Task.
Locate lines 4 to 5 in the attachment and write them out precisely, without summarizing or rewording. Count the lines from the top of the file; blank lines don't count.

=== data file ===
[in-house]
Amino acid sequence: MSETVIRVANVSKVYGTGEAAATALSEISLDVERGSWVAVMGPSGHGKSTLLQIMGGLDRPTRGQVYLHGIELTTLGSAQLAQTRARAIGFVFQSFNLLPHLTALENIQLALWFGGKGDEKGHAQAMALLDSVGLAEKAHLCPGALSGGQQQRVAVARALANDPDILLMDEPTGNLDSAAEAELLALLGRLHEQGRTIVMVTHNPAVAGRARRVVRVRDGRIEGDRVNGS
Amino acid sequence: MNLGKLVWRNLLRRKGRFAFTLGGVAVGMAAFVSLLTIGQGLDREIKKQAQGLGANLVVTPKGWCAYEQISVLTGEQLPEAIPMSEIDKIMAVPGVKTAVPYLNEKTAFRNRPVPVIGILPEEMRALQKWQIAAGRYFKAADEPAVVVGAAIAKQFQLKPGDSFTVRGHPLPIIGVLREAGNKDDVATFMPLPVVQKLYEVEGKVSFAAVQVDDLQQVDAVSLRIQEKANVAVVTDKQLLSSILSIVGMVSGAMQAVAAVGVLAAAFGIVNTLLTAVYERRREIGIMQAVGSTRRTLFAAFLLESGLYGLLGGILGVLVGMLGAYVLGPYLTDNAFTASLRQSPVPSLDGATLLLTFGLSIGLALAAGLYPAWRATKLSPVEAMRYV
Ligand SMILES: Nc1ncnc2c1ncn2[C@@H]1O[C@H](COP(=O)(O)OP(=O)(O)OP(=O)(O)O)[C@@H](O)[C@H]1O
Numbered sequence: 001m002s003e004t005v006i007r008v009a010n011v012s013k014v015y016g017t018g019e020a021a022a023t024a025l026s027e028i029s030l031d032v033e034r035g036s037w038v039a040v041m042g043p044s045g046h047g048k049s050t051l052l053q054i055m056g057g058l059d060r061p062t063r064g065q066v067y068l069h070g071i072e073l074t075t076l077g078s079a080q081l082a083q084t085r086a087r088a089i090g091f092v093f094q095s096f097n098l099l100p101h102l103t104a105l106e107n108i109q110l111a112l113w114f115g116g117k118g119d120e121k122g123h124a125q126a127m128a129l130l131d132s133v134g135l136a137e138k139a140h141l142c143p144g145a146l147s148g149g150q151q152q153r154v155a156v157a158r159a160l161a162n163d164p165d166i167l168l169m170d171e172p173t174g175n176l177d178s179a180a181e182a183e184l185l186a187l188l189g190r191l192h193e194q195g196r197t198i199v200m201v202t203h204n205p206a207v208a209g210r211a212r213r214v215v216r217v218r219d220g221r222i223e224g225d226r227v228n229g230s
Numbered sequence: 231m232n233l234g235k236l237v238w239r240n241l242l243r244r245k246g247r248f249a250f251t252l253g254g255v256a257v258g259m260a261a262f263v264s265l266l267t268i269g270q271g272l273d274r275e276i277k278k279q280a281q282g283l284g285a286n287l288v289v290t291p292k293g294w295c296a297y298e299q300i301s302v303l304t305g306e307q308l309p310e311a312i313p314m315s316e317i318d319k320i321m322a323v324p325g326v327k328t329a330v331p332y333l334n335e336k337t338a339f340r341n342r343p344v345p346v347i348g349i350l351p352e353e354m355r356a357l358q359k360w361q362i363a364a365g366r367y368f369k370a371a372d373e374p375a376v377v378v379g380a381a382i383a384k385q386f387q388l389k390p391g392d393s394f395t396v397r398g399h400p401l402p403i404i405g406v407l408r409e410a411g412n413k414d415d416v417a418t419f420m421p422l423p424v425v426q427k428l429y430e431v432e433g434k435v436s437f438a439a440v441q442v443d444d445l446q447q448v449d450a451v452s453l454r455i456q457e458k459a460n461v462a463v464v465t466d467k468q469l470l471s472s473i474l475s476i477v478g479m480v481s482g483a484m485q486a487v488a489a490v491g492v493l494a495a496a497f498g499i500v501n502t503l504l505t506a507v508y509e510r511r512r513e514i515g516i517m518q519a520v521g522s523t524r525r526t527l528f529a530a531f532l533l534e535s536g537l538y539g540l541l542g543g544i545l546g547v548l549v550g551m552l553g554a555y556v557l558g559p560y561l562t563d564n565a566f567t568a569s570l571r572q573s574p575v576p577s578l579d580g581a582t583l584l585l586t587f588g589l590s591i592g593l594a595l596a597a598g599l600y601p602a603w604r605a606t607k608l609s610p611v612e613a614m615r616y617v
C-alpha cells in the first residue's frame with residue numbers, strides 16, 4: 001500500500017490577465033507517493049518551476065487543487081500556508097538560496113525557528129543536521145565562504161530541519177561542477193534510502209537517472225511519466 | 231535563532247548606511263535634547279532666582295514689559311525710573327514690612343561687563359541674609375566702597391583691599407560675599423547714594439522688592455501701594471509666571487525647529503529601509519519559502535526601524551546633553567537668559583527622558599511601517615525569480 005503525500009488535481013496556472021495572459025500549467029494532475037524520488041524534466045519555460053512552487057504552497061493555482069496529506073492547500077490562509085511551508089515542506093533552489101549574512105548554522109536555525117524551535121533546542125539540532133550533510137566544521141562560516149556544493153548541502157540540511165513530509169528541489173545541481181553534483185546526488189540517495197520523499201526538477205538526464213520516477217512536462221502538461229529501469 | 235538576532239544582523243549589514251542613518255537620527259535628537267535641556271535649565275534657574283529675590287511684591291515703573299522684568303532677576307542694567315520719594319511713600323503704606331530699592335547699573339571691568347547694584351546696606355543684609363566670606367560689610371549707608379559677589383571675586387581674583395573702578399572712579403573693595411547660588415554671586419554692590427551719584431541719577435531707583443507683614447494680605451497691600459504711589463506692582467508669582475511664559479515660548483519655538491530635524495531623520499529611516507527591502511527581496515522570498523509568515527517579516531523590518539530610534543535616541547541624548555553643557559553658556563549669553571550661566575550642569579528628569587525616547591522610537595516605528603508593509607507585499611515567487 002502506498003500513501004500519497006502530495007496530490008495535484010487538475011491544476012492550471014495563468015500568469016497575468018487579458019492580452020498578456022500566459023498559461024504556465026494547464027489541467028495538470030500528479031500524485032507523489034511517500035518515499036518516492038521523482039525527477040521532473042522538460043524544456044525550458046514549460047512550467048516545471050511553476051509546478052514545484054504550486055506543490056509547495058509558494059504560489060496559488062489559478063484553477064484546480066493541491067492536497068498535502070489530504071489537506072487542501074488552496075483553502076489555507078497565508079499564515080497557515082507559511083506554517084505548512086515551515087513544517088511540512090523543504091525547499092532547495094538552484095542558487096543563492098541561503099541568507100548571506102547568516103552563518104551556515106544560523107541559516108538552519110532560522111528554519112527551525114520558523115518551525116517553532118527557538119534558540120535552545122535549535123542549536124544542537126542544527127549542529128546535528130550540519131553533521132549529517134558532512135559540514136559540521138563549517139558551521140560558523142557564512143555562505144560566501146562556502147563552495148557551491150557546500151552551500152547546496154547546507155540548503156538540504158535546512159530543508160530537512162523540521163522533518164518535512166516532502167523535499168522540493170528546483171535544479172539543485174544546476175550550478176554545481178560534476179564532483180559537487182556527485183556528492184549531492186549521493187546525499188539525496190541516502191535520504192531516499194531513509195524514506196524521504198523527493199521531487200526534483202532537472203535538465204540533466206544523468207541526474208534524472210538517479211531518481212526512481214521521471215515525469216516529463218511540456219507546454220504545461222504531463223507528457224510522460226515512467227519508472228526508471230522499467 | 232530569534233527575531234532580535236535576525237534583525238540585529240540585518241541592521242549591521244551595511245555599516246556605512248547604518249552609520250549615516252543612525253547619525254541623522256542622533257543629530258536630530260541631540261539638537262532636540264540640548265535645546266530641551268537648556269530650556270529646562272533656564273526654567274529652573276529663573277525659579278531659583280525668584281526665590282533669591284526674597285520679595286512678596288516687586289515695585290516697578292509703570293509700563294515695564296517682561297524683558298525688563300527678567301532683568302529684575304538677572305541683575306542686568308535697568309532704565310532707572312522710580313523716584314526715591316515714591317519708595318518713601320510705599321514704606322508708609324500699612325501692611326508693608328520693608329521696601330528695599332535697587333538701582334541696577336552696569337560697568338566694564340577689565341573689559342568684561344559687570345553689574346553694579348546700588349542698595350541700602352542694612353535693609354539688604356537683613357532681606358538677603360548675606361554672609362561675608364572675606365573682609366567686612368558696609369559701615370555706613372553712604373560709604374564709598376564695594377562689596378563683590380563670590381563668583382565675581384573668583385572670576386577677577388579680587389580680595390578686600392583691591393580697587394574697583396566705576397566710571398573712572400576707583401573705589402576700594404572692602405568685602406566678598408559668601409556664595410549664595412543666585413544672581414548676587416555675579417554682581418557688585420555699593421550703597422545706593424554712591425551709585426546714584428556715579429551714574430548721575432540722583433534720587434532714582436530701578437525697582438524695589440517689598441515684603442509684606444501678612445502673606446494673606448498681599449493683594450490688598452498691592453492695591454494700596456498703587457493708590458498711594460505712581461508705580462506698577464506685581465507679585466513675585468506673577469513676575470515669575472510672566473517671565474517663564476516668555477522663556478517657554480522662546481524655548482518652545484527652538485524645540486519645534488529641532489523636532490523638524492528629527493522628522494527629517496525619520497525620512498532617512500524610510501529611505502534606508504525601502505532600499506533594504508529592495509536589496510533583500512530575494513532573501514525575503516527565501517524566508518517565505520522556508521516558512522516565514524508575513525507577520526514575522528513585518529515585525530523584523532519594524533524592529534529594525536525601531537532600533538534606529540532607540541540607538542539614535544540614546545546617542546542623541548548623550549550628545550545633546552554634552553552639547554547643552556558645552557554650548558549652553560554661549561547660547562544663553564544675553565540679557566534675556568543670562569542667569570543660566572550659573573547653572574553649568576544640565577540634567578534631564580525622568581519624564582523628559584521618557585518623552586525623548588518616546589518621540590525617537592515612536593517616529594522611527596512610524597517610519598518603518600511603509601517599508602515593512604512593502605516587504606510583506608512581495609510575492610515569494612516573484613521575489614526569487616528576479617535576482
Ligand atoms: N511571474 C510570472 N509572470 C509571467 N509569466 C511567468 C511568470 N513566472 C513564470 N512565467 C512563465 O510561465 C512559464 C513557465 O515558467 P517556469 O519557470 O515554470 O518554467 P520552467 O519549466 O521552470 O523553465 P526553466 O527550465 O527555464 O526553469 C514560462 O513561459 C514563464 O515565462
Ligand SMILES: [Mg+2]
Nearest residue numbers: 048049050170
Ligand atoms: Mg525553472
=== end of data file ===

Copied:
Ligand SMILES: Nc1ncnc2c1ncn2[C@@H]1O[C@H](COP(=O)(O)OP(=O)(O)OP(=O)(O)O)[C@@H](O)[C@H]1O
Numbered sequence: 001m002s003e004t005v006i007r008v009a010n011v012s013k014v015y016g017t018g019e020a021a022a023t024a025l026s027e028i029s030l031d032v033e034r035g036s037w038v039a040v041m042g043p044s045g046h047g048k049s050t051l052l053q054i055m056g057g058l059d060r061p062t063r064g065q066v067y068l069h070g071i072e073l074t075t076l077g078s079a080q081l082a083q084t085r086a087r088a089i090g091f092v093f094q095s096f097n098l099l100p101h102l103t104a105l106e107n108i109q110l111a112l113w114f115g116g117k118g119d120e121k122g123h124a125q126a127m128a129l130l131d132s133v134g135l136a137e138k139a140h141l142c143p144g145a146l147s148g149g150q151q152q153r154v155a156v157a158r159a160l161a162n163d164p165d166i167l168l169m170d171e172p173t174g175n176l177d178s179a180a181e182a183e184l185l186a187l188l189g190r191l192h193e194q195g196r197t198i199v200m201v202t203h204n205p206a207v208a209g210r211a212r213r214v215v216r217v218r219d220g221r222i223e224g225d226r227v228n229g230s